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Phuket Opinion: Shine a little light

PHUKET: There is a growing movement that might finally see an organic end to mass corruption and raping of local government budgets: greater access to public information. However, the legislation that empowers this access to public information is itself prohibiting that movement, and questions need to be ask about overhauling the law that is now more than 25 years old.

By The Phuket News

Sunday 26 March 2023, 09:00AM

Ratsada Municipality this week held a small seminar for its officers to teach them their responsibilities under the Official Information Act 1997. The seminar, however, like many of those held for other local officials across the island, was focused on the aspects of officers ensuring that they do not reveal private information about individuals – which is now under much greater scrutiny by the Personal Data Protection Act (PDPA), which became effective from June 1 last year.

What was not marked by the seminar was that the Official Information Act is also the legal instrument that allows public access to information held by local government agencies. The introduction of the Official Information Act in 1997 was a watershed moment for democratic rights in Thailand. Thailand was the first country in Asean to introduce a law allowing such access to information held by government agencies.

Under the Act, any information that any government office holds as part of performing its normal duties is deemed to be “public information” – with the exception of any information that is classified as “Official Secrets” (relating to national defence and the like).

The right to access to public information is also enshrined in the current Constitution, of which Section 41 notes: “A person and a community shall have the right to: (1) be informed and have access to public data or information in the possession of a State agency as provided by law; (2) present a petition to a State agency and be informed of the result of its consideration expeditiously; (3) take legal action against a State agency as a result of an act or omission of a government official, official or employee of the State agency”.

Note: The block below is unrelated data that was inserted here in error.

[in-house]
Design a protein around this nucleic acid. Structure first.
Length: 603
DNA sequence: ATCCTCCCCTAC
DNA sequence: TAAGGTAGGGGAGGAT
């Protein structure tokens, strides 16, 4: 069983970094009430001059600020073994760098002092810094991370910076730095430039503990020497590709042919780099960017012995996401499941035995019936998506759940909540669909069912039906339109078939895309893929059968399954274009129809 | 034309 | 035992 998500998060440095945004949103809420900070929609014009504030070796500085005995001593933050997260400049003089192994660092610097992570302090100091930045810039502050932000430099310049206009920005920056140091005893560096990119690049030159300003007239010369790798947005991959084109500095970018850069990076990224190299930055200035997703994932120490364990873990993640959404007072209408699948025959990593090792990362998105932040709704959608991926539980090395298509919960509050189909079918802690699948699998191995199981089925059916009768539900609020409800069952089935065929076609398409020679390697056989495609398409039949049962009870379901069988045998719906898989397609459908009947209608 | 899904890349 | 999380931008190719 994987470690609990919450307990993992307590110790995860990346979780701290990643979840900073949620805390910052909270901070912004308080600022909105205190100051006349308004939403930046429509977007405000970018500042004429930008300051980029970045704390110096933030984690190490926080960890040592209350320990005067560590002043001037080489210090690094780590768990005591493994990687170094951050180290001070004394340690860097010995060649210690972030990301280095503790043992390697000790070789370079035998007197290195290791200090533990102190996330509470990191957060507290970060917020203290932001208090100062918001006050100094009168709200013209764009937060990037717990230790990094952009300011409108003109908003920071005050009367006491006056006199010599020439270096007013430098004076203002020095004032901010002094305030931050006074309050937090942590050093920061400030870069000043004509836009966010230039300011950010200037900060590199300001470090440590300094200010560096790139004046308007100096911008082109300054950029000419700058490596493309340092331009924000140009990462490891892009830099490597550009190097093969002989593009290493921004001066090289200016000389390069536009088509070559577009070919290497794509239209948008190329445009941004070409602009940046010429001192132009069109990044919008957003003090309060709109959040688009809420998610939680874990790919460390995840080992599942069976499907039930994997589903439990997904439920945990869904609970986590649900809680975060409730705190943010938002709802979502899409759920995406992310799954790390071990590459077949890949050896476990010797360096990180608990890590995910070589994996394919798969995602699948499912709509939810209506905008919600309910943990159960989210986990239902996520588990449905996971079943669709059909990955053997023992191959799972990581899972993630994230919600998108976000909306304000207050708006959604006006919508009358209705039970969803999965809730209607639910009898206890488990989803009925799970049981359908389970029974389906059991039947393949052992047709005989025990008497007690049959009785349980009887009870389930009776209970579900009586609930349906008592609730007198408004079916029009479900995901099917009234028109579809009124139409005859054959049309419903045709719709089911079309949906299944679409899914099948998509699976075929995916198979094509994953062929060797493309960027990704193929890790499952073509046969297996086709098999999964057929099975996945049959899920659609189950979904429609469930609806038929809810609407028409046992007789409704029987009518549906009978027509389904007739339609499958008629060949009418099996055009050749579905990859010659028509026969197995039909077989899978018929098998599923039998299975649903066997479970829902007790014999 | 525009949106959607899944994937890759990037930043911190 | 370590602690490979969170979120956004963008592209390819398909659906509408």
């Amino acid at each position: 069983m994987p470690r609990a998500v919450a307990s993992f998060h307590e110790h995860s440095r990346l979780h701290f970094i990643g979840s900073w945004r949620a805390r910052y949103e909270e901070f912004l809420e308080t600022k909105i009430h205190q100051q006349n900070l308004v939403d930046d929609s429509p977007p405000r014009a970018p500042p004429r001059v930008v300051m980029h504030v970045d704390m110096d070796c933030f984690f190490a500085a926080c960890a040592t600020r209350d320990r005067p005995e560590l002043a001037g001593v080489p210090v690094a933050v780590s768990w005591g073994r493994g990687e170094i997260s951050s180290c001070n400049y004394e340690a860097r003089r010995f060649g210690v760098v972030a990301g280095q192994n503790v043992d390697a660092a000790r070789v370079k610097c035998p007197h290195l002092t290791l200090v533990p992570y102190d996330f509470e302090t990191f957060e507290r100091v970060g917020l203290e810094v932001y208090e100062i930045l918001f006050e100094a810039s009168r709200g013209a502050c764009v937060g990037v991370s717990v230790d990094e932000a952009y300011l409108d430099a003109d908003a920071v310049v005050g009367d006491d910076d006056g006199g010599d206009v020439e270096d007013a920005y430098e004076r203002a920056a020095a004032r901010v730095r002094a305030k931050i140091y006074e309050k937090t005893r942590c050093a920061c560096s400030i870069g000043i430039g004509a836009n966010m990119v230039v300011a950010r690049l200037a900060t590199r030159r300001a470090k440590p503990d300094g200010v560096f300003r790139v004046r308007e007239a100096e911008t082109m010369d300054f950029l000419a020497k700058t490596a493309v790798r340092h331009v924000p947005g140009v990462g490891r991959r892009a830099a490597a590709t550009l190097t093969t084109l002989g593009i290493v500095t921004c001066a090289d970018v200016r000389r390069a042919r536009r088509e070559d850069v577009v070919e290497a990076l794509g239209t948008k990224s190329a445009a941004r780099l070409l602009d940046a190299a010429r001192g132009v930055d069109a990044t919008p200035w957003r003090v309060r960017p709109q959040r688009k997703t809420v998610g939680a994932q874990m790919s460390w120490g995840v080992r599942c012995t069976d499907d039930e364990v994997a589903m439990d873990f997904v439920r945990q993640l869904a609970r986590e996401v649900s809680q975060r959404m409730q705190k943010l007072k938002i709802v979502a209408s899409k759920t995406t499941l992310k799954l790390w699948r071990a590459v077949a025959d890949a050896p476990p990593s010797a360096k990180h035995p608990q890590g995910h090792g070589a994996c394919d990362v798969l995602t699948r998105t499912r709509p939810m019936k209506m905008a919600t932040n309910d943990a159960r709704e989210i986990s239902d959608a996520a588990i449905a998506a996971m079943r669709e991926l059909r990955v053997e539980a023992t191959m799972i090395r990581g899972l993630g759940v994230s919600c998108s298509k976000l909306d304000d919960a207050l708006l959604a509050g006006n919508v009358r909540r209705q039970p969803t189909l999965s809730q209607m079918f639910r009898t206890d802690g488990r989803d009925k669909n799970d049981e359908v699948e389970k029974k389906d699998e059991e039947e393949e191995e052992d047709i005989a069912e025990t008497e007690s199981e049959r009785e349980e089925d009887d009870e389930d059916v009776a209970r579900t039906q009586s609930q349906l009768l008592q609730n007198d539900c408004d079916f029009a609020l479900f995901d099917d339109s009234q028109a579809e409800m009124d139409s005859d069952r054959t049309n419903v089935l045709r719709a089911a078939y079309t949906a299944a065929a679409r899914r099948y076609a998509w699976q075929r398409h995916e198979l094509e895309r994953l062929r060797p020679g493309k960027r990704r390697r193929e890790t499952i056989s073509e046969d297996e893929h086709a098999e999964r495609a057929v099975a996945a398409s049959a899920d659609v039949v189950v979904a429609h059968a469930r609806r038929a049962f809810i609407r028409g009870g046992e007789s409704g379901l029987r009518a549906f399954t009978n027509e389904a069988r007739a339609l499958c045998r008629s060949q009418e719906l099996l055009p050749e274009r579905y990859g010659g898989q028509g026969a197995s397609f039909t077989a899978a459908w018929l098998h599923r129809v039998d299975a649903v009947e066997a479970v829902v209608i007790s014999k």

Section 59 further notes: “The State shall disclose any public data or information in the possession of a State agency, which is not related to the security of the State or government confidentiality as provided by law, and shall ensure that the public can conveniently access such data or information.”

Now trying telling a local official that.

Under the Official Information Act, any person who considers that a state agency has failed to publish public information, failed to make the information available for public inspection, failed to comply with the Act, or delayed in performing its duties in providing the information “without reasonable cause” is entitled to lodge a complaint with the ‘Official Information Board’.

That’s it. Only if the Board agrees to investigate the complaint and actually orders the official will the information requested become public. There is nothing anyone can do to force an official to reveal what is supposed to be public information made accessible by Section 41 of the Constitution.

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The penalties under the Official Information Act itself deserve greater scrutiny: up to three months’ jail or a fine of up to B5,000, or both, for any official who fails to comply; but up to one year in jail or a fine of B20,000, or both for any person who fails to comply with the restriction of information limited by an official. The incongruence speaks for itself. The essence to protect officials, not to uphold public rights, is right there in black and white.

The latest breakthrough, however, has come from access to public information, but solely through public knowledge of procurement contracts. The Phuket Info Center (PIC), operated under the Phuket office of the Ministry of Interior, to its credit has been running a campaign highlighting the excesses of a B30 million tourism development project in Phang Nga, which the National Anti-Corruption Commission (NACC) Region 8 office is now investigating.